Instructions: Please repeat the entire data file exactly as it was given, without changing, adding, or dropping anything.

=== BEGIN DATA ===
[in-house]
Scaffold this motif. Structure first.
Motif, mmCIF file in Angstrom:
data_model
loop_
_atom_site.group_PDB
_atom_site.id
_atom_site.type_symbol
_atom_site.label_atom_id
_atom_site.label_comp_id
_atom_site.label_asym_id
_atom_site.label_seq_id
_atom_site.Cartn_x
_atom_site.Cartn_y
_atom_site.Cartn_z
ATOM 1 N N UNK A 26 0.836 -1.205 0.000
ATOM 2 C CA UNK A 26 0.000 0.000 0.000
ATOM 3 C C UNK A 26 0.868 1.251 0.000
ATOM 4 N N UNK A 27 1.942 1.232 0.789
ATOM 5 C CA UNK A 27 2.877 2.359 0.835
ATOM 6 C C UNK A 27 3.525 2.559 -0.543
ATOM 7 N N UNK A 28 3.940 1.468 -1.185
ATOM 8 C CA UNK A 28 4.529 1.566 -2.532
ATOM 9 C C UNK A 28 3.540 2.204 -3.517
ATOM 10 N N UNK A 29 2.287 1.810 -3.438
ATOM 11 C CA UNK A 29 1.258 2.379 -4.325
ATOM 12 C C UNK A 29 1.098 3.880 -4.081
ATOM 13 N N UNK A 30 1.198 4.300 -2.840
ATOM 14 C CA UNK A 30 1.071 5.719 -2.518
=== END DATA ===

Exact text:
[in-house]
Scaffold this motif. Structure first.
Motif, mmCIF file in Angstrom:
data_model
loop_
_atom_site.group_PDB
_atom_site.id
_atom_site.type_symbol
_atom_site.label_atom_id
_atom_site.label_comp_id
_atom_site.label_asym_id
_atom_site.label_seq_id
_atom_site.Cartn_x
_atom_site.Cartn_y
_atom_site.Cartn_z
ATOM 1 N N UNK A 26 0.836 -1.205 0.000
ATOM 2 C CA UNK A 26 0.000 0.000 0.000
ATOM 3 C C UNK A 26 0.868 1.251 0.000
ATOM 4 N N UNK A 27 1.942 1.232 0.789
ATOM 5 C CA UNK A 27 2.877 2.359 0.835
ATOM 6 C C UNK A 27 3.525 2.559 -0.543
ATOM 7 N N UNK A 28 3.940 1.468 -1.185
ATOM 8 C CA UNK A 28 4.529 1.566 -2.532
ATOM 9 C C UNK A 28 3.540 2.204 -3.517
ATOM 10 N N UNK A 29 2.287 1.810 -3.438
ATOM 11 C CA UNK A 29 1.258 2.379 -4.325
ATOM 12 C C UNK A 29 1.098 3.880 -4.081
ATOM 13 N N UNK A 30 1.198 4.300 -2.840
ATOM 14 C CA UNK A 30 1.071 5.719 -2.518